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vi tenor/alto, yss-62 soprano, the martin baritone, muramatsu flute, R13 clarinet
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Discussion Starter · #1 ·
Hi! I have a 5-digit VI alto on trial for a couple of weeks and when I when I opened the case today for the first time I noticed the G key was noticeably resoldered.

IMG_8616.jpg

Does this appear to be a solid repair? Is this a sign that the horn was abused? Also, is this something I should contact the seller about and say "hey, you didn't tell me it had *that* problem.."

Cheers and thanks,
Rick

PS: Upon close inspection, it looks like the A key touch may have also been resoldered.
 

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Sure looks like a repair to me in both spots.

Im no tech so I cant weigh in on the gravity of this repair but I would presume it would, in the least, impact the value of the instrument. By how much, I dont know.
 

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It does look like the key was braised in two places, but the work appears to be well done. The braised area connecting two brass pieces joined together is actually stronger than the brass itself. The length and small diameter of the G touch arm would make it susceptible to being bent and straightened enough times to cause the brass to break which could be the result of "gorilla grip" rather than abuse, but it would be hard to tell. The photo below shows the G key of a Mark VI on my bench undergoing an overhaul/restoration.

Mk VI G key.JPG
 

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If I had to guess, I would guess some kind of major bend right at the broken place, which then cracked or broke when trying to straighten it.

Honestly, I would think it would be more typical for that arm to break down where it joins to the rod. At any rate the brazed joint looks solid from the one photo. Surrounding stuff looks like the horn's got some pretty significant wear on it so this might not be a big impact on selling price, compared to a horn that looks near new except for one broken and repaired key.
 

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It does look like the key was braised in two places, but the work appears to be well done. The braised area connecting two brass pieces joined together is actually stronger than the brass itself. The length and small diameter of the G touch arm would make it susceptible to being bent and straightened enough times to cause the brass to break which could be the result of "gorilla grip" rather than abuse, but it would be hard to tell. The photo below shows the G key of a Mark VI on my bench undergoing an overhaul/restoration.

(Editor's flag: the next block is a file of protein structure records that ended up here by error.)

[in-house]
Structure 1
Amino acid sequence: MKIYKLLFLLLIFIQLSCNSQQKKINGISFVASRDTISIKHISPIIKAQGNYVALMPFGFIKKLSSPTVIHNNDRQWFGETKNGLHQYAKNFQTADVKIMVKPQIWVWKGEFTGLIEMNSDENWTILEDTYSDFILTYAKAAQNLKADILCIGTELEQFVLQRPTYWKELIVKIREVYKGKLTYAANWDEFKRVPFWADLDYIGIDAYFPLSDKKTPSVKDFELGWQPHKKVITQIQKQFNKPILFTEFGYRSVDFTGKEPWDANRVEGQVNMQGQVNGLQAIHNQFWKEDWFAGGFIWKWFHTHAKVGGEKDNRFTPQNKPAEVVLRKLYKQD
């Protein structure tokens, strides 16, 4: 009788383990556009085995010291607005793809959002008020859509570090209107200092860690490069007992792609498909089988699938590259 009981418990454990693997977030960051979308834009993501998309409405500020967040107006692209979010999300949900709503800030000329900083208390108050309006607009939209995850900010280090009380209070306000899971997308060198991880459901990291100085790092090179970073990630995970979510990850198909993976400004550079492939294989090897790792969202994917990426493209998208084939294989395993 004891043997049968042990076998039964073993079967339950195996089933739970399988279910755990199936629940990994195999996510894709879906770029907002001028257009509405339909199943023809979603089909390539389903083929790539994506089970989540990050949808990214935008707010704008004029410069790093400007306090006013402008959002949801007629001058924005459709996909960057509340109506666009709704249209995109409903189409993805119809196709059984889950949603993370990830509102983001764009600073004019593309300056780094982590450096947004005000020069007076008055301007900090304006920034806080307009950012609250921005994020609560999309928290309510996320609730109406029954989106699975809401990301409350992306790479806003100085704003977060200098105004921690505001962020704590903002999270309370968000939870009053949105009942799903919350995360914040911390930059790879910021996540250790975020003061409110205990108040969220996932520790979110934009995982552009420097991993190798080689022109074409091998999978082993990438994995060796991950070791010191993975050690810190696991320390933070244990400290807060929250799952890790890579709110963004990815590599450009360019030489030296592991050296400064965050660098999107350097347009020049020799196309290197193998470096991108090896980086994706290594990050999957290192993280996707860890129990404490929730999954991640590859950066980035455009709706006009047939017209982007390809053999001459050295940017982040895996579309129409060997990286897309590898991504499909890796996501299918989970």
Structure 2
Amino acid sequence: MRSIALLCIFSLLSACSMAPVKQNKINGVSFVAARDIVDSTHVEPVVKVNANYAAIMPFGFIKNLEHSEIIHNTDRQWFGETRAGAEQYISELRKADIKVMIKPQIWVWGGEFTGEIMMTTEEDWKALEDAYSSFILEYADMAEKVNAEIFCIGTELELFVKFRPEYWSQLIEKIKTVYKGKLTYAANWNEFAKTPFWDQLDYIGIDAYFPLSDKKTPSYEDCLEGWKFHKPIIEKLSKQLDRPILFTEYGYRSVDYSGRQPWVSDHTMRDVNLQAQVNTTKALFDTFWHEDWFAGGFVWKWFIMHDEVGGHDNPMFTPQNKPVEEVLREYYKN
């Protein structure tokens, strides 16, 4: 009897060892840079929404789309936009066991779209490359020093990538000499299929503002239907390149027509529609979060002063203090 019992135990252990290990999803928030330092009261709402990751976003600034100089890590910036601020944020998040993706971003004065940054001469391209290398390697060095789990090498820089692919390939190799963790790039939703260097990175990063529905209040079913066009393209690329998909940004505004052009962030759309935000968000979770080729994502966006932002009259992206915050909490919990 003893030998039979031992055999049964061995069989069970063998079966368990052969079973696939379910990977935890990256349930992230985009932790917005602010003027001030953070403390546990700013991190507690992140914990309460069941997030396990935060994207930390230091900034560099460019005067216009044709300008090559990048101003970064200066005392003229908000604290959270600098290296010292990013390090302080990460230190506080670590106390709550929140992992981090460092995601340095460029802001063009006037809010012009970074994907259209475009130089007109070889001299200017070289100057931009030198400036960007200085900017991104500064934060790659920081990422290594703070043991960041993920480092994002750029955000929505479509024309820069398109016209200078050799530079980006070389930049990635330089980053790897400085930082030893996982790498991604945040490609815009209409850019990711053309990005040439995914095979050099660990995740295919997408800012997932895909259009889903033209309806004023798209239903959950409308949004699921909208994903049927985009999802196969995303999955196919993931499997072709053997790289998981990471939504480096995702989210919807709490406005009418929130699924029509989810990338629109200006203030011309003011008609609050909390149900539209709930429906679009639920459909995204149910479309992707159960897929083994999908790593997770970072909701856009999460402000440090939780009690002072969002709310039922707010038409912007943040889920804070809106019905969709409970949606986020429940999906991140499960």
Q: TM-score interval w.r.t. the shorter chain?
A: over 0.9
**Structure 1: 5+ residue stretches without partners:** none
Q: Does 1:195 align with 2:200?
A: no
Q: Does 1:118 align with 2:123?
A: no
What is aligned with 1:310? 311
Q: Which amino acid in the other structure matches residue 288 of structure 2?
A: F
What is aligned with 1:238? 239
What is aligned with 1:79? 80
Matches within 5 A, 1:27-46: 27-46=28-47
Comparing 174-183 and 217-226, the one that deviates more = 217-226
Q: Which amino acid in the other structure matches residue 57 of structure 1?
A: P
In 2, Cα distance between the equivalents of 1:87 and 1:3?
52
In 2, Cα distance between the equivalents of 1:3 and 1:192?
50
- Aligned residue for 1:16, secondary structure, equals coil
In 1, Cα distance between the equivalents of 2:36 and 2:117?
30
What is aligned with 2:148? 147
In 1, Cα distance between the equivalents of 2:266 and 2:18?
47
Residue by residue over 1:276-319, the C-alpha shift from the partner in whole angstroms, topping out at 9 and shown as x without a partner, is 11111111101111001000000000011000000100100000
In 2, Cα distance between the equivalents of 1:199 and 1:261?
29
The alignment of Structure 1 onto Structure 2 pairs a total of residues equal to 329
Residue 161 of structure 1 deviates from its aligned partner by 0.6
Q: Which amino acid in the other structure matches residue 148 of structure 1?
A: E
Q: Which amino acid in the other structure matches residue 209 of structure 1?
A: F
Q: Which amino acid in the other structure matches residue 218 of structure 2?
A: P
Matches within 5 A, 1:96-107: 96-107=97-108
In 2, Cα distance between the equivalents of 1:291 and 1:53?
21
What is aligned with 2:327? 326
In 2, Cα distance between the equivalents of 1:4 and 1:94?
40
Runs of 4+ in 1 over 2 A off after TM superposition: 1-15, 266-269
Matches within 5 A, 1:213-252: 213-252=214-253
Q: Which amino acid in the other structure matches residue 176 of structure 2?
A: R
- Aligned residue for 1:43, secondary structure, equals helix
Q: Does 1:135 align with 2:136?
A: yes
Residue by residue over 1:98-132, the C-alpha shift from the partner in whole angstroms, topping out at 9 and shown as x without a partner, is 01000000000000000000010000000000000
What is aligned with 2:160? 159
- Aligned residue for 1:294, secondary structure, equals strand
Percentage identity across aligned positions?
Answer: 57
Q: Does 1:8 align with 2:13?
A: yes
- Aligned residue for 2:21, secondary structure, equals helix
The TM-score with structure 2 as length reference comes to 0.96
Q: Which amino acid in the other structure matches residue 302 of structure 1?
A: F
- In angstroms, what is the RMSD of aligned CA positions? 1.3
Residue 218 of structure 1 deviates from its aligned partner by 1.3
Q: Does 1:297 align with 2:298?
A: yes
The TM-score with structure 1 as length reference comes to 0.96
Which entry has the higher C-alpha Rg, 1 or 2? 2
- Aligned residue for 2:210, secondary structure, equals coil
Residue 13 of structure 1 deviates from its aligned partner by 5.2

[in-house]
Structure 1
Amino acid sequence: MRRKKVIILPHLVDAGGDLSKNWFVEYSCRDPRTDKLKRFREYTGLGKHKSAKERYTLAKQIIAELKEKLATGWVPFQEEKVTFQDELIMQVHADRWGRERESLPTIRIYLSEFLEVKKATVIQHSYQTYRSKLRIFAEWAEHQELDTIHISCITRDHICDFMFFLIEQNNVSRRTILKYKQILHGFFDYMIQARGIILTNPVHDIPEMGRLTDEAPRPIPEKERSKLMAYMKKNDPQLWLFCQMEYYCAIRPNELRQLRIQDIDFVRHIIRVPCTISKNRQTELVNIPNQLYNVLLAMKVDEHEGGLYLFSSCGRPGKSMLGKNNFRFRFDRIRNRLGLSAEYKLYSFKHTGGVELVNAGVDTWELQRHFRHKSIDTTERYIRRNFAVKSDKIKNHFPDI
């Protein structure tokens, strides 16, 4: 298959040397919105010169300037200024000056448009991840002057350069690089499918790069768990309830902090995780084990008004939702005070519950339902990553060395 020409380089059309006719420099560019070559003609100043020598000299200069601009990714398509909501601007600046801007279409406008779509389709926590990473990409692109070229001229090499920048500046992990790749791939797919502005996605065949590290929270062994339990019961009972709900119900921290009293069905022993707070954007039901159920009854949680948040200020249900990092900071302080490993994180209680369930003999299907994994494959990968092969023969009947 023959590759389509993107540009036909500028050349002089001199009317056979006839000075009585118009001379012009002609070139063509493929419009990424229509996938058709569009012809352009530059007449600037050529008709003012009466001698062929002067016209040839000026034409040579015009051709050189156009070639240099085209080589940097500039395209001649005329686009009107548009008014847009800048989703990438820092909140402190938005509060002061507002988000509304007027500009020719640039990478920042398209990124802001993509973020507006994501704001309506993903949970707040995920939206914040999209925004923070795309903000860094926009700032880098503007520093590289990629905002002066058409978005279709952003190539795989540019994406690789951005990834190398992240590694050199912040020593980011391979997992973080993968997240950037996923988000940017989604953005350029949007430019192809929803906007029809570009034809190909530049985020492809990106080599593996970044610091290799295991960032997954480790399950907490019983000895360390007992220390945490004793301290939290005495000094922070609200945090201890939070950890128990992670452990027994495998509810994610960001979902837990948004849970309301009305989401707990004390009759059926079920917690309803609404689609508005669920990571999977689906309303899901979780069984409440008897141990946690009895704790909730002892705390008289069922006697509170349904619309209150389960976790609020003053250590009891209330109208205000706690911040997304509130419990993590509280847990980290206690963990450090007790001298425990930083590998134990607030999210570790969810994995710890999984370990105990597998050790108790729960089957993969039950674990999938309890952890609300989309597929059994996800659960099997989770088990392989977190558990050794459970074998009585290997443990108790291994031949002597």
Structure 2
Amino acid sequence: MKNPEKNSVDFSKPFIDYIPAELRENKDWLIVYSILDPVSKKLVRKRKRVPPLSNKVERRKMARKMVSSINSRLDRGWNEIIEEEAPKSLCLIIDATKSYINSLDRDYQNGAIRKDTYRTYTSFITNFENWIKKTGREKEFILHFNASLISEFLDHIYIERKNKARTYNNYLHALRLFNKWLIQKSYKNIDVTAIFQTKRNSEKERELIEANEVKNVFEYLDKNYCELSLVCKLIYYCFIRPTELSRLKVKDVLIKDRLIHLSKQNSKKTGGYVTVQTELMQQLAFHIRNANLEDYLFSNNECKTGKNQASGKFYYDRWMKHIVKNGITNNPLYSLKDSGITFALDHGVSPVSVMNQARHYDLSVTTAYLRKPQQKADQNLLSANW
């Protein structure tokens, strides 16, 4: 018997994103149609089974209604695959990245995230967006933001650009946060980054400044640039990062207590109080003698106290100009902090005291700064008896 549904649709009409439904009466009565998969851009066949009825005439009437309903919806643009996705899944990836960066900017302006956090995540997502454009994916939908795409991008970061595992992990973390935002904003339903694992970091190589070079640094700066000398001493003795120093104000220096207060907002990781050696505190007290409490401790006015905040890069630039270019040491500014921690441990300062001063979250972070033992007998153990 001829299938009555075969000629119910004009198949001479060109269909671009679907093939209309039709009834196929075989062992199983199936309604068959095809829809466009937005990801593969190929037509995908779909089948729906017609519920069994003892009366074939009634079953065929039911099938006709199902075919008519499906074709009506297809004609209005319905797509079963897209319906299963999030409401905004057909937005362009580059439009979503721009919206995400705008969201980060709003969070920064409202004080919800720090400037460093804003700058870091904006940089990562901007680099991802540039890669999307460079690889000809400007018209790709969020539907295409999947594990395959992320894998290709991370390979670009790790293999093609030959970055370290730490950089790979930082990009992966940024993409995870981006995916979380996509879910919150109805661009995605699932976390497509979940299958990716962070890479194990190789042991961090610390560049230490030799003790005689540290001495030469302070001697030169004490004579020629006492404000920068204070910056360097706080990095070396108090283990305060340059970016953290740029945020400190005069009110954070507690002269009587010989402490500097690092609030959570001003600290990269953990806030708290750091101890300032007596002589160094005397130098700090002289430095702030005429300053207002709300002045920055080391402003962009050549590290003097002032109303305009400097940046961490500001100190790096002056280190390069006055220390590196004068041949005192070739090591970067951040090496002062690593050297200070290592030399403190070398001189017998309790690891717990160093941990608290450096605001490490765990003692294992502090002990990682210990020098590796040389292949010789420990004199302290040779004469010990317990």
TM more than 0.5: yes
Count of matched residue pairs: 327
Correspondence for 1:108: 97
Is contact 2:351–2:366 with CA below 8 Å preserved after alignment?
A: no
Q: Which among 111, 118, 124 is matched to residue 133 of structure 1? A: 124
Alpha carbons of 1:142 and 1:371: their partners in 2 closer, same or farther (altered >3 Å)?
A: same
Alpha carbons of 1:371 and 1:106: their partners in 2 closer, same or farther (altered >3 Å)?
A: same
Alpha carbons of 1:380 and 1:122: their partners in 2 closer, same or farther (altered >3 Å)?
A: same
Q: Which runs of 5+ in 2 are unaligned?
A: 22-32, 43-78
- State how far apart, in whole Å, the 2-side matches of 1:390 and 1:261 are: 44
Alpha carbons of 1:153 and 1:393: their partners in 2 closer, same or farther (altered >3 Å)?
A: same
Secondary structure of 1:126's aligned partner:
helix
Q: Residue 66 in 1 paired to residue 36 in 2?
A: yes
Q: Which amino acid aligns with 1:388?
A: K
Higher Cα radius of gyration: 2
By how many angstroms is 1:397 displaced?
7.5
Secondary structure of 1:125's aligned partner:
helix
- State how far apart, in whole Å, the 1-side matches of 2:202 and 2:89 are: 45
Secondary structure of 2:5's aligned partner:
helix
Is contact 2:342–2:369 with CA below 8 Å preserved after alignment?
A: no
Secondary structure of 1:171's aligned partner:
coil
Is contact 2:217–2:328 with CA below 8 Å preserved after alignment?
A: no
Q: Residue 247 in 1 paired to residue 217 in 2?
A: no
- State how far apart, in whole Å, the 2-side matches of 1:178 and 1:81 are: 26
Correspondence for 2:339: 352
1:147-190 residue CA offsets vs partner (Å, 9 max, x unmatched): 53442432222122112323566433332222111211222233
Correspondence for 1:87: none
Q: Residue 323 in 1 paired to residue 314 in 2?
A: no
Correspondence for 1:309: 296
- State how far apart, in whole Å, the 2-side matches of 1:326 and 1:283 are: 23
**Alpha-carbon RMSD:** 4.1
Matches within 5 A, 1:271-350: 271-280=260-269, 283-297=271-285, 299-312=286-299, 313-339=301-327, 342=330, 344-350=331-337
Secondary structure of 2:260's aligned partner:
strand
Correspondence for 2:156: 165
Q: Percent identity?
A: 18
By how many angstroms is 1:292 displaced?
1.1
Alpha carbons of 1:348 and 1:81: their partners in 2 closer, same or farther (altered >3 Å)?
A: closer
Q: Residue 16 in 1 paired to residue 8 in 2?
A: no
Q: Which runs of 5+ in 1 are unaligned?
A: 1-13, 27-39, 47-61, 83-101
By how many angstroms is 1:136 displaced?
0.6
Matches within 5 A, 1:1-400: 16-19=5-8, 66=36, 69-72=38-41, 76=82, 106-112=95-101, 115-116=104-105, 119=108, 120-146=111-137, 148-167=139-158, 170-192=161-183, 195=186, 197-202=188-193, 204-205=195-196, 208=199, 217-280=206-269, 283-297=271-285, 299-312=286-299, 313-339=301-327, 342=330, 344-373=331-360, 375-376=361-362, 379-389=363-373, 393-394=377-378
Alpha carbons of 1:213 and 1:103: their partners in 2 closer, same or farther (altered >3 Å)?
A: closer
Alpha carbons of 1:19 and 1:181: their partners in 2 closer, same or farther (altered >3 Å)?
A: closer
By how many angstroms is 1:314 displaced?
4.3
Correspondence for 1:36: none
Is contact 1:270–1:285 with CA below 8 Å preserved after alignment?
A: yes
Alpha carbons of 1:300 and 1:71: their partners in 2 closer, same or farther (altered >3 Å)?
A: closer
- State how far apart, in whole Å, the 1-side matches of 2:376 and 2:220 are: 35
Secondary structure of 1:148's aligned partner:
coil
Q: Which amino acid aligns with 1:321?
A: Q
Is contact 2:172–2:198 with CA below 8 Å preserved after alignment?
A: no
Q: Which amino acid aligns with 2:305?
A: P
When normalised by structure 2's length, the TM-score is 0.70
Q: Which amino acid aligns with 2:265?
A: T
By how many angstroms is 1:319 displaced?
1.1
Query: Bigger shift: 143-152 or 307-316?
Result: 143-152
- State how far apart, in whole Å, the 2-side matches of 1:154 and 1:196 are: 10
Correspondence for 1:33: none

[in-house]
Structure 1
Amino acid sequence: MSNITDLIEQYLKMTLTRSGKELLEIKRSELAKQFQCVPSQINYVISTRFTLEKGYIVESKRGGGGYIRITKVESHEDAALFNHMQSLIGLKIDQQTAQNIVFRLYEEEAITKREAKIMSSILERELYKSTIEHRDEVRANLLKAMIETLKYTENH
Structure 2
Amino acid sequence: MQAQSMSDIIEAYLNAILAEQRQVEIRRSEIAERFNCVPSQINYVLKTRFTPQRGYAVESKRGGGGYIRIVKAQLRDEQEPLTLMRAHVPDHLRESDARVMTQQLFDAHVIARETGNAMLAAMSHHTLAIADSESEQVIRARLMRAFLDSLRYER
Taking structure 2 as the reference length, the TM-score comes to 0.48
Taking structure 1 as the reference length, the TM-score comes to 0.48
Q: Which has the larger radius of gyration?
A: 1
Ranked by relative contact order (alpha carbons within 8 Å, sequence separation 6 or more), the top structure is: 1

View attachment 236088
That's the key from a later VI. They deleted the decorative treatment just before the touch which was a weak spot and it saved money as well. I guess that was done in the last major changes in 1967/#140000.
If the silvery joint shown is silver braze it will be fine but brass braze would be the preferred method. However it looks like soft solder at both places to me which if it is, will not take much pressure. That would be a major fault in the purchase of a sax.
All you have to do is take an Exacto knife or other sharp instrument and try to shave off some of the silvery deposit. If you can, its soft solder which you can then prove by putting a propane or butane torch flame on the chips and melting it. Silver or brass braze is going to take a lot more heat to melt.
 

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I guess the big question is this a deal killer? Only the OP can answer that. For techs, how much would you knock off the price if you were considering buying it? I'd buy a properly repaired horn. If I were a collector looking for a museum piece I'd pass on it. I'm interested in what the techs say.
 

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I have the same concerns as 1saxman about this looking like soft solder. If it is indeed soft soler it is sure to break, and really should be re-done properly.
Not a huge job, but annoying because every last trace of lead solder would have to be removed because it wrecks the alloy of hard solders.

I do wonder if it is in this state because a player wanted the G touch extended or shortened, to fit his ergos.
 

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Things break, people need to get over it, certainly does not devalue the instrument in any way.

Your car is typically way more valuable than any horn, if it has a fender bender and is repaired, is the car suddenly devalued because the shade of paint is fractionally different under the right light.....No its not

All I can say, is a recommendation to others, hard solder can be purchased in a brass colour rather than the silver, them at least its not so in your face when one zooms in with a camera at that specific spot.

Steve
 

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Things break, people need to get over it, certainly does not devalue the instrument in any way.